Saturday, March 24, 2012

Orange County author and educator Georgia Day Robertson: Moved to write by her time in Poston

LEFT: Georgia Day Robertson, was in her nineties and living in Costa Mesa at the time she was located by California State University, Fullerton's Oral History Program.  She was 100 years old at the time her manuscript was published. (Photo, Poston Internment Camp Biographies)

   Georgia Day Robertson was a woman ahead of her time.  Her childhood was spent in rural Iowa, where the expectation might have been for her to become a farmer's wife.  Instead, she pursued a Bachelor of Science degree--working her way through school--bobbed her hair before it was fashionable, and embarked on a mission to China to teach at a boarding school for girls.  It was there she met her husband, John A.T. Robertson, continuing to work in China until conflicts in Manchuria forced them to leave.

   After her husband's early death, Robertson brought her two young sons, Angus and David, with her to Southern California while she pursued a master's degree in economic history at the University of Southern California (USC).  She eventually moved her family to Southern California as their permanent residence in 1933.

Teaching, selling eggs and short stories
   "When we came to California, we lived in Midway City... it was in August, after Roosevelt had gotten inaugurated, in August of 1933," remembered Robertson.  "People were still talking about the earthquake, you know; it had happened in March. Then the next eight years—from 1933 to 1941—by selling short stories and teaching at a Santa Ana... evening high school and raising chickens and selling eggs, I was able to make enough money to pay the rent and keep food on the table for all of us, and buy a bit of meat for the cat. I bought two gallons of gas a week to drive to market in Santa Ana."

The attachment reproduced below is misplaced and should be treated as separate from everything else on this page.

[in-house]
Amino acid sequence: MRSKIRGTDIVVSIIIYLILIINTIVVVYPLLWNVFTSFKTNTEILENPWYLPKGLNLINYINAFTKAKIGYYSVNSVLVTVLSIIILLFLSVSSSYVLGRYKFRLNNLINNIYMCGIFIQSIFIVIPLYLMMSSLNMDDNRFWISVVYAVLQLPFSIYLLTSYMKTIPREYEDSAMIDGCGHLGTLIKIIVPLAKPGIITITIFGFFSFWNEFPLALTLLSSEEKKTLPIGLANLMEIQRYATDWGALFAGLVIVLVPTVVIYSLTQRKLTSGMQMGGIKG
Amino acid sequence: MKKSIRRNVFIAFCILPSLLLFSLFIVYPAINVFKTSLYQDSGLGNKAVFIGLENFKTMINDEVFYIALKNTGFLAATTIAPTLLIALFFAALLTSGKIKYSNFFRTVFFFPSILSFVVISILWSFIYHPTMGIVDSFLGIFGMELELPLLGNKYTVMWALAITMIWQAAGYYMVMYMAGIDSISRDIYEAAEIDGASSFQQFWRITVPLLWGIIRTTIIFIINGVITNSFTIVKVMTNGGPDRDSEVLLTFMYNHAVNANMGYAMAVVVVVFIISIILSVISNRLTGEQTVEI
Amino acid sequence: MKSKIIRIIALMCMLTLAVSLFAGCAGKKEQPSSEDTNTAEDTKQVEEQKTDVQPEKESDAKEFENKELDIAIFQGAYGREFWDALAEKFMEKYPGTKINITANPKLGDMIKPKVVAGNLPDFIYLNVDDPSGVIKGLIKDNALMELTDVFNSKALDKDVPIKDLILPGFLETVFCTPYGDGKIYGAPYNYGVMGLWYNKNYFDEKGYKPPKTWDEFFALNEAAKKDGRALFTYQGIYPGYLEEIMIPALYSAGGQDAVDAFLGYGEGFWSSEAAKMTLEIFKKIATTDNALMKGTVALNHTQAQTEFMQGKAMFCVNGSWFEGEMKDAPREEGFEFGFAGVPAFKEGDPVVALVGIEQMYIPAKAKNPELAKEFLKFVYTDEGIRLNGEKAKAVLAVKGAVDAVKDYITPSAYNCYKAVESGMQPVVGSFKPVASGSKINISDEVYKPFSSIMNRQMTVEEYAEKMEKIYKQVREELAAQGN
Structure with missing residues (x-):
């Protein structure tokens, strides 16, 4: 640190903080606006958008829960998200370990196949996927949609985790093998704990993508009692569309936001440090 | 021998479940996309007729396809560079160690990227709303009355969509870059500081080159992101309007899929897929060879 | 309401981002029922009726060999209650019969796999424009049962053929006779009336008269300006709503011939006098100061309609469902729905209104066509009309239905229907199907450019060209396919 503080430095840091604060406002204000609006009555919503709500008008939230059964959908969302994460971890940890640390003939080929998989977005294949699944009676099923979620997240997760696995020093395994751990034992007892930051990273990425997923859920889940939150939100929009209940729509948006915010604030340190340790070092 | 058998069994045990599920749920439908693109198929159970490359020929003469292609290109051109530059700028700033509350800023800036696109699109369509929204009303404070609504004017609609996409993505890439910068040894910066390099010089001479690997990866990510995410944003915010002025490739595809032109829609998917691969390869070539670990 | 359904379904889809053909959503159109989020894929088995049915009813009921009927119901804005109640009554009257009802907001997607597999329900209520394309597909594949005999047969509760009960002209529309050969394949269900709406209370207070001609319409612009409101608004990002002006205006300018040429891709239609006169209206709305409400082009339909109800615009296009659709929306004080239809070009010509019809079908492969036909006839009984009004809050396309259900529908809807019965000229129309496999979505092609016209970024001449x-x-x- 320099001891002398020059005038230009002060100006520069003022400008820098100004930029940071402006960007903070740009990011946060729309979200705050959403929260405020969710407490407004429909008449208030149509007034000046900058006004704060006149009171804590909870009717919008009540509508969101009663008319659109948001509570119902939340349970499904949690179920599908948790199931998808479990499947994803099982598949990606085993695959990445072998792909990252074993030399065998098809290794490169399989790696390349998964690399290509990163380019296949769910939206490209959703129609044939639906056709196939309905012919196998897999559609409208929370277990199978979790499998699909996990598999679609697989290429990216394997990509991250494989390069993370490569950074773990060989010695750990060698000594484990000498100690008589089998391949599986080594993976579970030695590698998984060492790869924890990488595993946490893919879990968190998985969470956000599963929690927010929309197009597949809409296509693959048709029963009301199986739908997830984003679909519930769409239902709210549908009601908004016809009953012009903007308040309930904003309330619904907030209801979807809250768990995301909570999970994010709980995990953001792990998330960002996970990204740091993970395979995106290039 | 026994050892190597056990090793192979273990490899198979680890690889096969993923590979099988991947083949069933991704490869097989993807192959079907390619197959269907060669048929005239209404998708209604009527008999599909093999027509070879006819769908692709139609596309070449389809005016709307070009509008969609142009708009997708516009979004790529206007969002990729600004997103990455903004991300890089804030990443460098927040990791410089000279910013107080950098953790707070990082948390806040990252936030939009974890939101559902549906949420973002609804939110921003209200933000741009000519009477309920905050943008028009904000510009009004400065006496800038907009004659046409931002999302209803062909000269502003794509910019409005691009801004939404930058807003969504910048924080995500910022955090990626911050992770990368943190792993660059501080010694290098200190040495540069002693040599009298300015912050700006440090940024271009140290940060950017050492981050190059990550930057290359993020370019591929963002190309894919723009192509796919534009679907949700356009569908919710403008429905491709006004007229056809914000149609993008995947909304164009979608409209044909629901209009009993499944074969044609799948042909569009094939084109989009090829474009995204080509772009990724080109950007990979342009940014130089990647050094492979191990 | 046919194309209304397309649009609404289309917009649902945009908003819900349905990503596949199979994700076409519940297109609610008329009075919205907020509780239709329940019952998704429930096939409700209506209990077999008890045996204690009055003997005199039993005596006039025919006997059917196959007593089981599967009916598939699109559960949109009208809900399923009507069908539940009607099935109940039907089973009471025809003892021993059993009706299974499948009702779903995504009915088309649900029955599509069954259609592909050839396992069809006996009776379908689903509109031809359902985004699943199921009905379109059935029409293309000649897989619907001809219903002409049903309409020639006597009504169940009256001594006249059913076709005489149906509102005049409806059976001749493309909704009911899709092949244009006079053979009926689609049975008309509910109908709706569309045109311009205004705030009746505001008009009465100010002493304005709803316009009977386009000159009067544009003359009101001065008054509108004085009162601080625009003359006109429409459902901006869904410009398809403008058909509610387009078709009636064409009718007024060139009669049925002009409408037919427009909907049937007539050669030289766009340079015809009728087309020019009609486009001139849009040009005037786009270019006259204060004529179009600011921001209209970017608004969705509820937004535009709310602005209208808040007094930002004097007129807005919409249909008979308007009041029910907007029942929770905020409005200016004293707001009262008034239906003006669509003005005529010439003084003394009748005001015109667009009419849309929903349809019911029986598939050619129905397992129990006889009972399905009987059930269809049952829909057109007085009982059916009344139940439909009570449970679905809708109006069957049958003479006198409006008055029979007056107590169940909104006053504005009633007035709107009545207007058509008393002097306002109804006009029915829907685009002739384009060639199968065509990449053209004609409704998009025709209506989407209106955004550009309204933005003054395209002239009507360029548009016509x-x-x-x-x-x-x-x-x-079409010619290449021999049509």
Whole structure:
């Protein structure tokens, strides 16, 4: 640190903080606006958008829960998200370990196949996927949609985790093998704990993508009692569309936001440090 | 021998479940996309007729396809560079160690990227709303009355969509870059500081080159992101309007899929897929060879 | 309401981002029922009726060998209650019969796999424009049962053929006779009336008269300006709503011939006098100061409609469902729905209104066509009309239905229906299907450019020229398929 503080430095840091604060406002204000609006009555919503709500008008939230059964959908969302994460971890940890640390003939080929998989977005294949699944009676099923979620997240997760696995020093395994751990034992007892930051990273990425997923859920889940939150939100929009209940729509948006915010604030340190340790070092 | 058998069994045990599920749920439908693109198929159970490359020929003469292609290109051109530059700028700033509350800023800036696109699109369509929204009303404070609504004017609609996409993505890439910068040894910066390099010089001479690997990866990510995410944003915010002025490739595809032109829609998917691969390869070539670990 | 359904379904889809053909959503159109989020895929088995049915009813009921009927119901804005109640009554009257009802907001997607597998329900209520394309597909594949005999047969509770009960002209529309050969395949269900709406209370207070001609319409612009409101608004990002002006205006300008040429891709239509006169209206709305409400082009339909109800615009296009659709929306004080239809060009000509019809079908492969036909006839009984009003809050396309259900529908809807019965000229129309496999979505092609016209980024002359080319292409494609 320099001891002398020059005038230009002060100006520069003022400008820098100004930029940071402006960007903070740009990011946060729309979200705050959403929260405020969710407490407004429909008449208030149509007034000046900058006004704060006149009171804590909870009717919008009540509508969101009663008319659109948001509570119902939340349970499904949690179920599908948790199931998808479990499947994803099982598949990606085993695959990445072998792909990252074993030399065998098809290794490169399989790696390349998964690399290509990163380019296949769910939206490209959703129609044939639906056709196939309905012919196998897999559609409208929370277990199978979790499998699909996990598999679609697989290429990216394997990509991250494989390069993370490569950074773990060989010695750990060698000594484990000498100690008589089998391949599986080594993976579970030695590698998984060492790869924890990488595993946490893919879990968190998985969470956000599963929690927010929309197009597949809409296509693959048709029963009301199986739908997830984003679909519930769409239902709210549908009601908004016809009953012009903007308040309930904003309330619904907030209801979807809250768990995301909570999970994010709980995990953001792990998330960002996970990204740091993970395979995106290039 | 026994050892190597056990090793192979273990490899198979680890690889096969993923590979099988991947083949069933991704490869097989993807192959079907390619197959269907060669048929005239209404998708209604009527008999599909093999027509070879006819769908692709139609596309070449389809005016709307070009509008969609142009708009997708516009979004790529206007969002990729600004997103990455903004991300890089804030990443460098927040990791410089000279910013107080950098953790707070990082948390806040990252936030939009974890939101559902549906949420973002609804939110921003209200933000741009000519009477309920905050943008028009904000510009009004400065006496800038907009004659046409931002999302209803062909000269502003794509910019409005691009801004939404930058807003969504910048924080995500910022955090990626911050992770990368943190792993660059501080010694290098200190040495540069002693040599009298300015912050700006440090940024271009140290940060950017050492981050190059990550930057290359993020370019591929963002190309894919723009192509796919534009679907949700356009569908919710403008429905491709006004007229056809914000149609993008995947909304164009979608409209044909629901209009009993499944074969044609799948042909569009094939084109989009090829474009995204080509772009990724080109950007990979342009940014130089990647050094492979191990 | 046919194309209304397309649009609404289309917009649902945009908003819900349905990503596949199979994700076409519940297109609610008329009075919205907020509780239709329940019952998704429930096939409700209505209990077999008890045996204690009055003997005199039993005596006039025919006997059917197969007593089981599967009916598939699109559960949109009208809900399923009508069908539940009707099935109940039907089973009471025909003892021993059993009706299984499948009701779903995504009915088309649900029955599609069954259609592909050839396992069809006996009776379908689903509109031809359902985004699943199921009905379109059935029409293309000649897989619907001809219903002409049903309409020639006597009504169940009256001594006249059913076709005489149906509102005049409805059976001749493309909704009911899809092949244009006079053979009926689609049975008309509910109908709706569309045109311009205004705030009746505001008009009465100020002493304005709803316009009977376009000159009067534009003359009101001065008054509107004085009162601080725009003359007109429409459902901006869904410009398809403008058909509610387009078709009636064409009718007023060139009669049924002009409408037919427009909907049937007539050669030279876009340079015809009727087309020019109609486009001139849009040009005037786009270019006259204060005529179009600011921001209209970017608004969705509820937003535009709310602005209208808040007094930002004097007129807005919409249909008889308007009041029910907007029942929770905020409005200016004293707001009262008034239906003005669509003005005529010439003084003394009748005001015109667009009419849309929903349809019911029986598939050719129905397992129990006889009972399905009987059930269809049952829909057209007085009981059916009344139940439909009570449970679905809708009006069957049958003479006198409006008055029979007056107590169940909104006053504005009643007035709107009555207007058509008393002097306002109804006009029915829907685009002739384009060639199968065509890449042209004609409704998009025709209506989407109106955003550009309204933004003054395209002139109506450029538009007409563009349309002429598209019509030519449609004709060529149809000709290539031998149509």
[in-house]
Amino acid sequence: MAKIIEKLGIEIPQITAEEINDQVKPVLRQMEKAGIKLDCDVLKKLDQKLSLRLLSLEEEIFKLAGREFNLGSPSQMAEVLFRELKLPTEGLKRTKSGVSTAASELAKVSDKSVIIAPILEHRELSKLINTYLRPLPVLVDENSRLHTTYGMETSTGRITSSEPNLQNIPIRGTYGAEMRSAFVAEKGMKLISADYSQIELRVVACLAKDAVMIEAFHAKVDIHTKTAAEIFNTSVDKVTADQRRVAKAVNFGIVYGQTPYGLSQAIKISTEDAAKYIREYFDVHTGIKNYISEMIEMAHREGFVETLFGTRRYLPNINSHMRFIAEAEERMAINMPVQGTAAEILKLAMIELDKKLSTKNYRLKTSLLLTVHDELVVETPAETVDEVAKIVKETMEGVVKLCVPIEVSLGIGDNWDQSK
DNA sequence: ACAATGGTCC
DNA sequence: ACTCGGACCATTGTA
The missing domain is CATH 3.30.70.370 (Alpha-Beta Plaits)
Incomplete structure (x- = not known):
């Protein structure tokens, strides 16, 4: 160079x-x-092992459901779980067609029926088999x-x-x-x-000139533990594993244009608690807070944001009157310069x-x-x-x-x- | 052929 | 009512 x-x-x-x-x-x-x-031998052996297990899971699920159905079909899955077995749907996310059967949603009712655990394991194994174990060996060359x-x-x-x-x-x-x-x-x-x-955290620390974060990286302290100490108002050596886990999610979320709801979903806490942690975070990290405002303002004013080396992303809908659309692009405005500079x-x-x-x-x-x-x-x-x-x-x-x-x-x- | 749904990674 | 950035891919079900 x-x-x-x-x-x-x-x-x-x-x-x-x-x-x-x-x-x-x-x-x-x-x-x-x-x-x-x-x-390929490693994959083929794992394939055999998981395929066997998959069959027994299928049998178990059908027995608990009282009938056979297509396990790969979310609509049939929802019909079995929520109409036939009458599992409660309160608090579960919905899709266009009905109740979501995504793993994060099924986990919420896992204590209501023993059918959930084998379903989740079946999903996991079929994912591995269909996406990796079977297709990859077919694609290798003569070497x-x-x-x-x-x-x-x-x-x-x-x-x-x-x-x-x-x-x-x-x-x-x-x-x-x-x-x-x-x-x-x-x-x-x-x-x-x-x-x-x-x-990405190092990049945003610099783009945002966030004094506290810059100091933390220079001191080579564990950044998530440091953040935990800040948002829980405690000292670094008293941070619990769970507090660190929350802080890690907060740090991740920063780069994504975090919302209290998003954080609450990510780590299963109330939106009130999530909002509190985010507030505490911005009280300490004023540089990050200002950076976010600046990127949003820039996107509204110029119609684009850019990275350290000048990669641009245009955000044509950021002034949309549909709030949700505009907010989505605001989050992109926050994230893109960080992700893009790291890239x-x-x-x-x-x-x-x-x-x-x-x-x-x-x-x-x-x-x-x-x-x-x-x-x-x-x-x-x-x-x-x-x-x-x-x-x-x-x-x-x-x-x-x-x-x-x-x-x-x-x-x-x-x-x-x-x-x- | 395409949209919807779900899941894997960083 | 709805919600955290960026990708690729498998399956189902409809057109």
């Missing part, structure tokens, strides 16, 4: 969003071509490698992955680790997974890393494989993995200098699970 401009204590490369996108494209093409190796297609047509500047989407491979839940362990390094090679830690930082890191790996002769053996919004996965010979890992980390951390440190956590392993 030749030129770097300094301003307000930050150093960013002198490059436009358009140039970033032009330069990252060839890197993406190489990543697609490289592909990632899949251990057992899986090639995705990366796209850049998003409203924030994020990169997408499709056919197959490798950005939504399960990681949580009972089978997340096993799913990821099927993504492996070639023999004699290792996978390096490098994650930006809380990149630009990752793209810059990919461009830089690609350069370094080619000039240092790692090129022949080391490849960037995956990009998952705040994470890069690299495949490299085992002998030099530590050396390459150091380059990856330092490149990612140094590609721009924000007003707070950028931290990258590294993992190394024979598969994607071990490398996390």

ABOVE: Damage on Pacific Coast Highway in Huntington Beach after March 1933 earthquake. (Photo, Santa Ana Public Library)

   Robertson recalls Midway City had a population of about a thousand people.  "When they opened the oil fields in Huntington Beach... they had to move a lot of houses out.  So they moved them to Midway City, and that's what started Midway City."

Memories of Orange County's Japanese
    Robertson continued raising her boys as a single parent in Midway City and by 1941 was pursuing a doctorate degree at USC.  She remembers the local Japanese American community.

   "They were ranchers (farmers) and they had their little wayside road stands, where we went and bought vegetables," described Robertson.  "...My son Dave's two best friends were Nisei...and we had very close contact with them. There was a Nisei family that lived right in Midway City that had a fish farm, goldfish for aquariums. They were nice people, lovely people."